9. https://www.nhtsa.gov/press-releases/us-dot-advances-deployment-connected-vehicle-technology-prevent-hundreds-thousands
  10. Read the edits I made, NTSB does do highway where needed. Edit: Also the NHTSA is already investigating that Telsa crash.
  11. There is it's called the Police and the Serious Crash Unit or what it's locally called, NHTSA and the NTSB.
  12. Programming error is also failing to take something in to account or just plain bad coding. On the point about the sensors being a large factor in the problem that means it's a hardware issue and nothing to do with AI at all. That crash a while ago where the Tesla hit the truck trailer was caused by the front facing sensor being blinded, the crash would not have happened otherwise. Sun-strike for humans is rather common too and causes many accidents. The other sensor, the radar, detected the trailer height as being a road sign due to it's height and angle from the sensor. https://electrek.co/2016/07/01/understanding-fatal-tesla-accident-autopilot-nhtsa-probe/ Either your argument is about AI not being ready, hardware not being ready or both and right now I from what I can tell you think it's the AI component where most of the issues are around the sensors and the processing power to process information.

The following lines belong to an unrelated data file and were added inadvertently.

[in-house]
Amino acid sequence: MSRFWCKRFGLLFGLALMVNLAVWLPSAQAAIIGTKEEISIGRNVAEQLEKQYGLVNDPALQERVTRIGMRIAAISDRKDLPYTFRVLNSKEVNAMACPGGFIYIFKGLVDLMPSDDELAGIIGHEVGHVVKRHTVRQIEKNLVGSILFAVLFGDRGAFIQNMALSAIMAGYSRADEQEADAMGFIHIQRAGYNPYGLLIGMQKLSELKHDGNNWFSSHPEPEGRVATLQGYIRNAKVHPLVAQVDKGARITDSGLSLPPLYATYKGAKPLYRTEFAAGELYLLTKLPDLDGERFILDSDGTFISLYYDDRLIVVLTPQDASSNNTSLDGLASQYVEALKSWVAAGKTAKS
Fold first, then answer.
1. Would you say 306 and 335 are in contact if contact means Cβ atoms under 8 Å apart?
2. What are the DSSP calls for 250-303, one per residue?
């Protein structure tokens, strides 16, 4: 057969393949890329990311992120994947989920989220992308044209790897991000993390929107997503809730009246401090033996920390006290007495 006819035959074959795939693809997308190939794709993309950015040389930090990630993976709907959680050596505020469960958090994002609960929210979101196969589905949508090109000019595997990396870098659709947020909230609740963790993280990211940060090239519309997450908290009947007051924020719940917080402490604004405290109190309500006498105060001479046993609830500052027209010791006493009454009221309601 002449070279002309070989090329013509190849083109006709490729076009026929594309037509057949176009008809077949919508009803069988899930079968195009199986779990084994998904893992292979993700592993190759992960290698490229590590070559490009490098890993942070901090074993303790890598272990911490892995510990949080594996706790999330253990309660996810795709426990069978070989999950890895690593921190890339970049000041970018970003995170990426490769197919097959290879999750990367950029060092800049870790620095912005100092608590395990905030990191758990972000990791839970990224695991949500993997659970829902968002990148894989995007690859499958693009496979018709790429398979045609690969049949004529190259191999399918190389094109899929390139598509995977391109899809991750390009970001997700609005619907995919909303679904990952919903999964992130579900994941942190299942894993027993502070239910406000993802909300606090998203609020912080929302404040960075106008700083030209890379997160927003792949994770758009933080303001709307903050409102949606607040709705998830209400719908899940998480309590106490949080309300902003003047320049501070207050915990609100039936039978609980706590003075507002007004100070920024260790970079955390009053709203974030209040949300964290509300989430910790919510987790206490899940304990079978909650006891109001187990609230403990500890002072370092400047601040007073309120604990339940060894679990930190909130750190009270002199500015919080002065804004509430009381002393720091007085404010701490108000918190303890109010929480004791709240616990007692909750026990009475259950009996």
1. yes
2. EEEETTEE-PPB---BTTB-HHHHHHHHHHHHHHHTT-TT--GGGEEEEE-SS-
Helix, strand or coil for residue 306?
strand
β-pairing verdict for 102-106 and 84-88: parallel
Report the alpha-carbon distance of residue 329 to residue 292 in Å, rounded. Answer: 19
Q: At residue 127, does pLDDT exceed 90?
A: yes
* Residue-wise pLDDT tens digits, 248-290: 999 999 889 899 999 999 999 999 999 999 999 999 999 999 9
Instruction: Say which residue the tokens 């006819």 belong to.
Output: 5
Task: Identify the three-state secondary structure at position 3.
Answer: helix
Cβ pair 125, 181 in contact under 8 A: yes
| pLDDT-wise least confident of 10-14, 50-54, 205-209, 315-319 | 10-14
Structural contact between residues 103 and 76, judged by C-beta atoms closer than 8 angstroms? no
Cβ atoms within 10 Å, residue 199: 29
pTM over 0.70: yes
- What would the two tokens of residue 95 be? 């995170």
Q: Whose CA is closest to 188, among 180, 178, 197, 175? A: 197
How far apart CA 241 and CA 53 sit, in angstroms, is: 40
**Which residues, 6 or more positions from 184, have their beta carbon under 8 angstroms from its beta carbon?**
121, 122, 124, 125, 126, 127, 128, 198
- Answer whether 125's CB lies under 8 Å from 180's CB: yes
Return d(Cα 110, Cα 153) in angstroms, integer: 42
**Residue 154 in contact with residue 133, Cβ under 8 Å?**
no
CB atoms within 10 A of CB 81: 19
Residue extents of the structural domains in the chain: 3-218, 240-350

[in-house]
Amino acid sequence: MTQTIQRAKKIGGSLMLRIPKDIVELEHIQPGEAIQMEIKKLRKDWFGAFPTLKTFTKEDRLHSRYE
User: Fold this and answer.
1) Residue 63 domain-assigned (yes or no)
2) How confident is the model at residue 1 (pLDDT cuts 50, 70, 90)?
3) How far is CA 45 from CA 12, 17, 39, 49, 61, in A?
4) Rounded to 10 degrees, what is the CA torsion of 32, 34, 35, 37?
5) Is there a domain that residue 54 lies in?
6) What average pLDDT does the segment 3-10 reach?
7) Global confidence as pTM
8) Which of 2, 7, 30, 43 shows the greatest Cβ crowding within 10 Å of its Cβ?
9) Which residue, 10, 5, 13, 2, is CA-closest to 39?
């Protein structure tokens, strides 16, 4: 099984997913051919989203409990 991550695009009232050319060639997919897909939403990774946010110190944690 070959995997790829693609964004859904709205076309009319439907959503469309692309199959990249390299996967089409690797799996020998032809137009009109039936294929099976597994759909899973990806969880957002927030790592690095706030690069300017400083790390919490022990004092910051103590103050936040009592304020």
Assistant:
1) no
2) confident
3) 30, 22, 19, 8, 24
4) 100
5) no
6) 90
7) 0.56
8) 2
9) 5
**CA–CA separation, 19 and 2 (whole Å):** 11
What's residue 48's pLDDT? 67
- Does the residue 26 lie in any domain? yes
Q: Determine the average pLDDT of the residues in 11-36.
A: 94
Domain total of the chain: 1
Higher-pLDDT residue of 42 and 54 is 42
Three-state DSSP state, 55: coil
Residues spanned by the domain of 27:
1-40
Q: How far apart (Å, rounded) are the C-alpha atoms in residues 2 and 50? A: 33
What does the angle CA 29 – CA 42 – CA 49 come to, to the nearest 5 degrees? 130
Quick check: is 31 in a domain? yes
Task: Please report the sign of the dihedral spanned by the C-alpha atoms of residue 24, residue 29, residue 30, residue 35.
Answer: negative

13. That's cool, not going to stop you from thinking that but for me personally if I was driving down the road and there was a car waiting to turn I would trust the AI car far more than a human to not turn in front of me. I'd feel safer knowing the cars around me are AI not less, not everyone feels the same and a 15 minute debate online isn't going to change that.